Are Protein Supplements Good For You?

Anyone who has come to JARFIT in Denver, CO, knows I believe that not only should your workout be personalized, so should your diet. No two people need the same amount of each nutrient to get their desired results. That same philosophy holds true on whether protein supplements are good or bad. There are situations where a protein supplement can be quite beneficial and other places where they shouldn’t be used. Age is a factor in how much protein is necessary. Older people don’t process protein as well as younger people do. Activity level also plays a role and the amount of muscle you hope to build, so often, people working out hard, like those preparing for competition, may need the extra protein, so supplements can help.

Never confuse healthy eating with taking protein supplements.

A healthy diet should be a top priority. You should always try to eat real food before considering supplements. Real food contains other nutrients that will provide other types of building blocks to help you achieve your goals. With that said, protein supplements may have a place in your diet. They can be used for pre-workout or post-workout snacks. If you’re working hard to get all your nutrition from eating healthy meals, but miss a meal, a supplement can be a stand-by in those cases. Making a protein shake with fruits and vegetables added can fill the gap.

Many things determine the amount of protein you need.

Since many of my clients are preparing for competition, an increase in protein in their diets is important. However, we do create a diet for each one, which includes all the macronutrients required to meet that protein and other goals. Most my clients don’t qualify as seniors, so in most cases, they process the protein well. Supplements are called supplements for a reason. They’re not meant to be a primary meal, but to supplement a diet when necessary.

Protein supplements aren’t regulated by the government.

Even though some supplements may contain other vitamins and minerals, some have other additives that are unhealthy. If you’ve ever consumed a real protein supplement with no additives, you already realize they taste terrible. That’s why manufacturers add sugar and other ingredients to make them thicker, more palatable and extend their shelf life. Because they aren’t regulated, some are no better than a candy bar with a smidgen more protein or have everything from metal shavings to rat feces ground into the powder. When you eat whole food, you know what you’re eating and have far more control.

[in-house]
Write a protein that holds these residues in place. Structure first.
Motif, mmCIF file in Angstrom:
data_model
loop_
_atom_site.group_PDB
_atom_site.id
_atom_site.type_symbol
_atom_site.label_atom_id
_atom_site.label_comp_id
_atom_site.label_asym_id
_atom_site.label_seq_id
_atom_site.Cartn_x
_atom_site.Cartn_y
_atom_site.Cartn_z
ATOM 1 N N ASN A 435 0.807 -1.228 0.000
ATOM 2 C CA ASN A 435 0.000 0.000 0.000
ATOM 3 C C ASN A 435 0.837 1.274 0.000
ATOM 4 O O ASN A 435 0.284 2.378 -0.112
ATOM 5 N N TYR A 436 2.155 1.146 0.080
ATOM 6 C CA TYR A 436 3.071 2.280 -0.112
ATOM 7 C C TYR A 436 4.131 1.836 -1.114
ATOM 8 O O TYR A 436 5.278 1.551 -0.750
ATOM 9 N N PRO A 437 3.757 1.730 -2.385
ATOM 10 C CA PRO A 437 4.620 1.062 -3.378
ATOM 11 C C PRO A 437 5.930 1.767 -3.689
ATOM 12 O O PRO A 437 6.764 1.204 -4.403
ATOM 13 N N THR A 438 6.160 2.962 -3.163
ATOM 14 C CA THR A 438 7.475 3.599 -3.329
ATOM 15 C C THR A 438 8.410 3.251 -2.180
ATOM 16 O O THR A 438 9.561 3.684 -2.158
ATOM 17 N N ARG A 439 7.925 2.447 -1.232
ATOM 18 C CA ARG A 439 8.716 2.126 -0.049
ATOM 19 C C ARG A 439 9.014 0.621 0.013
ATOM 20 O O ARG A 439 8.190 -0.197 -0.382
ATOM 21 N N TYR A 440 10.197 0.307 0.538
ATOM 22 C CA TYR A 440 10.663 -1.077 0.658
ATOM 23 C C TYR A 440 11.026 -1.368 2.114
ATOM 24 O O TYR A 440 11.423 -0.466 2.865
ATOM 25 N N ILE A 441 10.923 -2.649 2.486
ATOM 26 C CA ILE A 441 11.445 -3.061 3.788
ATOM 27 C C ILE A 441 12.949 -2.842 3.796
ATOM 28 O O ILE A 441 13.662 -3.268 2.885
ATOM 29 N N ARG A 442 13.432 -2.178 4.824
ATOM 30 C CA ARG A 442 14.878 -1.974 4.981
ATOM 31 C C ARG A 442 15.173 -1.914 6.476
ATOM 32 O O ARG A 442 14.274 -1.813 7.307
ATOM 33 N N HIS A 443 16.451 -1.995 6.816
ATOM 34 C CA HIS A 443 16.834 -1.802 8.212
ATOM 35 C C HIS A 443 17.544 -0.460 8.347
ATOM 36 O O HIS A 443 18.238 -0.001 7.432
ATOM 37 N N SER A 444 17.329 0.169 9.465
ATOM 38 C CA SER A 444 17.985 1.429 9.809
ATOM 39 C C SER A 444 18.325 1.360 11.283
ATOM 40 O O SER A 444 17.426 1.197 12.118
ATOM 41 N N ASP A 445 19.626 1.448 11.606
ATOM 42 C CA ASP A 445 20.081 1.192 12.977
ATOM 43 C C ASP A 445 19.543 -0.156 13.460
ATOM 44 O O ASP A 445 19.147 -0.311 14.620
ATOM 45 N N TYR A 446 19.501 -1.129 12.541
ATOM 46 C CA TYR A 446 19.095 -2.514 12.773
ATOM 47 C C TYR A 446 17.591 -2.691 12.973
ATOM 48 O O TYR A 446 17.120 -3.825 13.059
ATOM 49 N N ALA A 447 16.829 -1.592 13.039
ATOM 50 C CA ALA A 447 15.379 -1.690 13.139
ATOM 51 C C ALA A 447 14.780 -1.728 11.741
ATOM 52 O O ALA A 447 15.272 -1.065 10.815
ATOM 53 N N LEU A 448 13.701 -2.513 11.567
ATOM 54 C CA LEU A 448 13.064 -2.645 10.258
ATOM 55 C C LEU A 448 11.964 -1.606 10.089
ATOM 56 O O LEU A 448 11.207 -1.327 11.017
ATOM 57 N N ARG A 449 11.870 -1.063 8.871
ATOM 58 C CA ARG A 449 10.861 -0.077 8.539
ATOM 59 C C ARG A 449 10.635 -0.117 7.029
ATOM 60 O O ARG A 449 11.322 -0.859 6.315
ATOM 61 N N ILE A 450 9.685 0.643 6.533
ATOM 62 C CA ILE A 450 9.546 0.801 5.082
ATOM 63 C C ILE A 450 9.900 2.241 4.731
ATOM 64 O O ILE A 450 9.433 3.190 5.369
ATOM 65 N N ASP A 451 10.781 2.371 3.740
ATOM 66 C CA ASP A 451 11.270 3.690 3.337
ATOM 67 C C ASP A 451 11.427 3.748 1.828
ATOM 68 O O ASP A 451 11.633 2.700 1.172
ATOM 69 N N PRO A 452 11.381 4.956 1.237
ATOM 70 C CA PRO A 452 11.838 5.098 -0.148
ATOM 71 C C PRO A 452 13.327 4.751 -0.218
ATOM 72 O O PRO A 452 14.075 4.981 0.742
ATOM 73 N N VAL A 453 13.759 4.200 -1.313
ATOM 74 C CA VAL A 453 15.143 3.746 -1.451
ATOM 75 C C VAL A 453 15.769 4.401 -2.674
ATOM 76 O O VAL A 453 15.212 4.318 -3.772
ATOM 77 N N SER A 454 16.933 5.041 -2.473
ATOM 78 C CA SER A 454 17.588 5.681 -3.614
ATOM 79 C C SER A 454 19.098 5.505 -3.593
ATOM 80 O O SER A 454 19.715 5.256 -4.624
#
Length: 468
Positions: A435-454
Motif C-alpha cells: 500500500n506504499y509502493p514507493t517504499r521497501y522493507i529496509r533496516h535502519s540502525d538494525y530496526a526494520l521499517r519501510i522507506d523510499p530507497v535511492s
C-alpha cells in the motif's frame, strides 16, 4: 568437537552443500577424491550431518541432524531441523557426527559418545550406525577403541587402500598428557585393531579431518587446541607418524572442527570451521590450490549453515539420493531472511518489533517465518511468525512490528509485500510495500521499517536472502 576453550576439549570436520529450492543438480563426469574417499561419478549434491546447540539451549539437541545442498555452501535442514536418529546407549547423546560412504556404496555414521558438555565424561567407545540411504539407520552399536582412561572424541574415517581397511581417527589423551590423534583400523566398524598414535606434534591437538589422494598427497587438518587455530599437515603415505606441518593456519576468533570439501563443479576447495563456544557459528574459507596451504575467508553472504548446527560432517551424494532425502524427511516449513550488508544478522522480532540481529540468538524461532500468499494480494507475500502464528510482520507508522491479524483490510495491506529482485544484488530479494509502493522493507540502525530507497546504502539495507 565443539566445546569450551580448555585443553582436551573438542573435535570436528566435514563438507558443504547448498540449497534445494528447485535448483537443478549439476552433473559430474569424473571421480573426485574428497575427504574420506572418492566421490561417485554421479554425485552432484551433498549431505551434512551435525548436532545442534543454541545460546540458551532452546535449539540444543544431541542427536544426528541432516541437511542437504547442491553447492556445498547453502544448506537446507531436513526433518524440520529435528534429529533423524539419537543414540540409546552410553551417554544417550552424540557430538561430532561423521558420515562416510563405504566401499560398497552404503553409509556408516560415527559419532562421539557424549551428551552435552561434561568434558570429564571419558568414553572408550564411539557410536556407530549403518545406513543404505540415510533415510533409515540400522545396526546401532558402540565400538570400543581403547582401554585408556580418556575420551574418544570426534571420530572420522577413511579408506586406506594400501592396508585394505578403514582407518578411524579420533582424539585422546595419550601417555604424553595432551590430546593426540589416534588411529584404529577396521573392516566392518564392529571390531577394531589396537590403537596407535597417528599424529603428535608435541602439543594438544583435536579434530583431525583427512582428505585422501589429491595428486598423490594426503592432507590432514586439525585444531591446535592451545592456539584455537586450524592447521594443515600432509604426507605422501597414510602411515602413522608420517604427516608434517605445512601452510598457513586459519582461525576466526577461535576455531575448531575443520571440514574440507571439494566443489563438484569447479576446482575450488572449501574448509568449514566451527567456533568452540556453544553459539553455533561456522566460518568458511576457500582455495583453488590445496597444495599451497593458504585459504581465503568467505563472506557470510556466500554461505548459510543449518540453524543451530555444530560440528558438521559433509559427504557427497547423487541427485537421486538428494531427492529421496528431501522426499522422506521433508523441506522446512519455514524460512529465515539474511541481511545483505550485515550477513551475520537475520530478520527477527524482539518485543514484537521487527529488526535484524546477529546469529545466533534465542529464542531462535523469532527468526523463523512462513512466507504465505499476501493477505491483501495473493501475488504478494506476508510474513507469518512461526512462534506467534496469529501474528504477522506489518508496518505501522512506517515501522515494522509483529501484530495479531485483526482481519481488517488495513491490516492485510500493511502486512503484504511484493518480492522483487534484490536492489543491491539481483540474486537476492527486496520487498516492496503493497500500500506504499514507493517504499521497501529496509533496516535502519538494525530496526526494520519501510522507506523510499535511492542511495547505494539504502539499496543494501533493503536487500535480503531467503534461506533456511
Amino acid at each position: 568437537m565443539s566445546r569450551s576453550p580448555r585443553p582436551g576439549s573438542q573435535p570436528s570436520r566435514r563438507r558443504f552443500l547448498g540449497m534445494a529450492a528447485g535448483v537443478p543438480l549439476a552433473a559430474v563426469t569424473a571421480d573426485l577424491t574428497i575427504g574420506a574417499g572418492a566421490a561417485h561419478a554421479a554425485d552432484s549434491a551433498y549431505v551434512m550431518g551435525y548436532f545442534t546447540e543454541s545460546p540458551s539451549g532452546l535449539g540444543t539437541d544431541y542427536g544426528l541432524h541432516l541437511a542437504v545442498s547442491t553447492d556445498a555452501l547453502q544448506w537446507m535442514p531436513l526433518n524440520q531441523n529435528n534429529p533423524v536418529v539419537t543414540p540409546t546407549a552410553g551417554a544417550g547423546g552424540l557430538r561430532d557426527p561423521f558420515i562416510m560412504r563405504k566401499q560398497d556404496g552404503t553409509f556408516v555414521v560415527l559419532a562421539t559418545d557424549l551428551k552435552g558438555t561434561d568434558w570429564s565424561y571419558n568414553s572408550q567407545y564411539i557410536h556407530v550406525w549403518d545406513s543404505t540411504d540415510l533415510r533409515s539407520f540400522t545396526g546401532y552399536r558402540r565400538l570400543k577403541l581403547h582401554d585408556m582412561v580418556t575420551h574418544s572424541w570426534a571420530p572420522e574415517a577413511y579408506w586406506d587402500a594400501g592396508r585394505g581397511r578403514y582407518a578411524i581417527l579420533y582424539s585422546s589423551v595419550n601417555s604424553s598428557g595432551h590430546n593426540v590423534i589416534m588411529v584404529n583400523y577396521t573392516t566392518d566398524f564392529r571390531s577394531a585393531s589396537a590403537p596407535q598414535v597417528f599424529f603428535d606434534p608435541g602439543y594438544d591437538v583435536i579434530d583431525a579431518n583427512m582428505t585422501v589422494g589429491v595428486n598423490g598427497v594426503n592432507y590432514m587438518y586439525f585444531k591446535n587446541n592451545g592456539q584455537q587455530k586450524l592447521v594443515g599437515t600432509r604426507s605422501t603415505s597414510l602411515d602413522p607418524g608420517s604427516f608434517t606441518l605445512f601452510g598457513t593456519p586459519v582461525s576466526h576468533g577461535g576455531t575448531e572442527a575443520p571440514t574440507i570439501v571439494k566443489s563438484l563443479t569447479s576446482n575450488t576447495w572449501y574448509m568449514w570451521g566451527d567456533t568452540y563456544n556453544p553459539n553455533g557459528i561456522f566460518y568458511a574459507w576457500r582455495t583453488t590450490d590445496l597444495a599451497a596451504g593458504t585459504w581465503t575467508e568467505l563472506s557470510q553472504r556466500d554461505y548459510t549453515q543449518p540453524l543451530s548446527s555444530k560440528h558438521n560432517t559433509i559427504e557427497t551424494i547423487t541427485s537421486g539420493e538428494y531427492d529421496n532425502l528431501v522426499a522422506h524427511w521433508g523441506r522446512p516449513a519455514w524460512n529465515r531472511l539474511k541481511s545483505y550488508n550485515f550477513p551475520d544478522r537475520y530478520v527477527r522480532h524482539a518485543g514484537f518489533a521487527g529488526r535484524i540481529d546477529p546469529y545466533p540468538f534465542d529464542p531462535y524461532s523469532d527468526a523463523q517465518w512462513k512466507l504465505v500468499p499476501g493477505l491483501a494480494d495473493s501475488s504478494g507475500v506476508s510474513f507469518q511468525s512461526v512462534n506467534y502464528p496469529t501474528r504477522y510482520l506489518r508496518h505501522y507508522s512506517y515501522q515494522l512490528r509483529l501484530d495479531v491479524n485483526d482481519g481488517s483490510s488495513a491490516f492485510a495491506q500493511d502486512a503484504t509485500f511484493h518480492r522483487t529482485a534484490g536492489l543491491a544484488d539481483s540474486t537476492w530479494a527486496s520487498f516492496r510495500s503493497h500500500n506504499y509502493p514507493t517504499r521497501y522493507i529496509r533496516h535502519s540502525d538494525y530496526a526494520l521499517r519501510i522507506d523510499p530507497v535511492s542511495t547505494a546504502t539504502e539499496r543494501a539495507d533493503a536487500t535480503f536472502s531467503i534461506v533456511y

• As a developed nation, we don’t often see protein deficiency in people that process it well. However, you can get too much protein. Long term excess leads to blood vessel disorders, seizures, kidney disease, liver disease and potentially cardiovascular disease and death.
  • Most people can safely use a supplement occasionally to fill in the gaps for a missed meal or to boost protein intake. However, people with kidney problems need to steer clear of the potential for excess protein.
  • If you’re going to use a protein supplement, read the labels and check the amount of sugar the supplement contains. Always make sure you drink extra water, since there’s more potential for dehydration if you supplement with protein.
  • Since the FDA doesn’t regulate protein supplements, find ones with a third party consumer group endorsement, like the Clean Label Project that tests for contamination and truth in labeling.

For more information, contact us today at JarFit 


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